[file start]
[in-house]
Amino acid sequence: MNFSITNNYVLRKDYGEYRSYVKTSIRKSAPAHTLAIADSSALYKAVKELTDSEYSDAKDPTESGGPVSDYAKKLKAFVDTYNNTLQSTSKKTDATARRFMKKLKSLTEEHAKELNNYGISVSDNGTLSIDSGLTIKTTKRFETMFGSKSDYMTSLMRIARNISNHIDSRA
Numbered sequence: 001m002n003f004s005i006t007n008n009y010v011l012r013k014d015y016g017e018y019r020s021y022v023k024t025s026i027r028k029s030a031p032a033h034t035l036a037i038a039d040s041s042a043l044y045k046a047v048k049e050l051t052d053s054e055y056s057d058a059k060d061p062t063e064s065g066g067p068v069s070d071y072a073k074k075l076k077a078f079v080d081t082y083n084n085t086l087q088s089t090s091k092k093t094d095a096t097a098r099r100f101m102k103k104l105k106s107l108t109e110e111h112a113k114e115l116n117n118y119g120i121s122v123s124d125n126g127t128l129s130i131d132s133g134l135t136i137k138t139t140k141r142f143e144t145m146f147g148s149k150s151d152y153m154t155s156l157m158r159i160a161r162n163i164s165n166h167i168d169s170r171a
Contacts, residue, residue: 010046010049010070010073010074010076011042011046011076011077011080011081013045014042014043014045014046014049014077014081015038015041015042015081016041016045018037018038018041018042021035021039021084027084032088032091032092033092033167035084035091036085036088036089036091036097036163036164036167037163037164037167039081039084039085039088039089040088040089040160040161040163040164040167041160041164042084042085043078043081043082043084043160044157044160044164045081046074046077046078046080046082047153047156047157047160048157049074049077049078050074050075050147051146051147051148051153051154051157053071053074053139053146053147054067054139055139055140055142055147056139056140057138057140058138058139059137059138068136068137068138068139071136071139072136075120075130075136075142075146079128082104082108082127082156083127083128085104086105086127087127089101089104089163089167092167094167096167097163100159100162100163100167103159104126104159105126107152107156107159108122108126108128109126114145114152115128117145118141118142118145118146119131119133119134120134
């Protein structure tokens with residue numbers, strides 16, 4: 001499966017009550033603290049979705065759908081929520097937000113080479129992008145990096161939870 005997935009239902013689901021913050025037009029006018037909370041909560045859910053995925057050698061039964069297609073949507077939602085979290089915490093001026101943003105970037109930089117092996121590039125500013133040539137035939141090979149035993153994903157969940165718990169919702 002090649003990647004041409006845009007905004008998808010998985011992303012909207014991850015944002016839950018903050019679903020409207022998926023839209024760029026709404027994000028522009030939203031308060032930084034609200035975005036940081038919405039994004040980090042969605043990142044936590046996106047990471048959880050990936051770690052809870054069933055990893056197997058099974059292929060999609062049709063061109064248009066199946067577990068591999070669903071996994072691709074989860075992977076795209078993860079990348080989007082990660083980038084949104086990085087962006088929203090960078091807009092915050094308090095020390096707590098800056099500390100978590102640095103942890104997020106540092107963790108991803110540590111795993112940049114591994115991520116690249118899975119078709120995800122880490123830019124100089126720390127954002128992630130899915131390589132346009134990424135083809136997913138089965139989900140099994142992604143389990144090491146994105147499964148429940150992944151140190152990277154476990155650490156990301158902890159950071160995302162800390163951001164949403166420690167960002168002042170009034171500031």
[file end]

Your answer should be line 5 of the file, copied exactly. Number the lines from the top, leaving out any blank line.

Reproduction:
């Protein structure tokens with residue numbers, strides 16, 4: 001499966017009550033603290049979705065759908081929520097937000113080479129992008145990096161939870 005997935009239902013689901021913050025037009029006018037909370041909560045859910053995925057050698061039964069297609073949507077939602085979290089915490093001026101943003105970037109930089117092996121590039125500013133040539137035939141090979149035993153994903157969940165718990169919702 002090649003990647004041409006845009007905004008998808010998985011992303012909207014991850015944002016839950018903050019679903020409207022998926023839209024760029026709404027994000028522009030939203031308060032930084034609200035975005036940081038919405039994004040980090042969605043990142044936590046996106047990471048959880050990936051770690052809870054069933055990893056197997058099974059292929060999609062049709063061109064248009066199946067577990068591999070669903071996994072691709074989860075992977076795209078993860079990348080989007082990660083980038084949104086990085087962006088929203090960078091807009092915050094308090095020390096707590098800056099500390100978590102640095103942890104997020106540092107963790108991803110540590111795993112940049114591994115991520116690249118899975119078709120995800122880490123830019124100089126720390127954002128992630130899915131390589132346009134990424135083809136997913138089965139989900140099994142992604143389990144090491146994105147499964148429940150992944151140190152990277154476990155650490156990301158902890159950071160995302162800390163951001164949403166420690167960002168002042170009034171500031």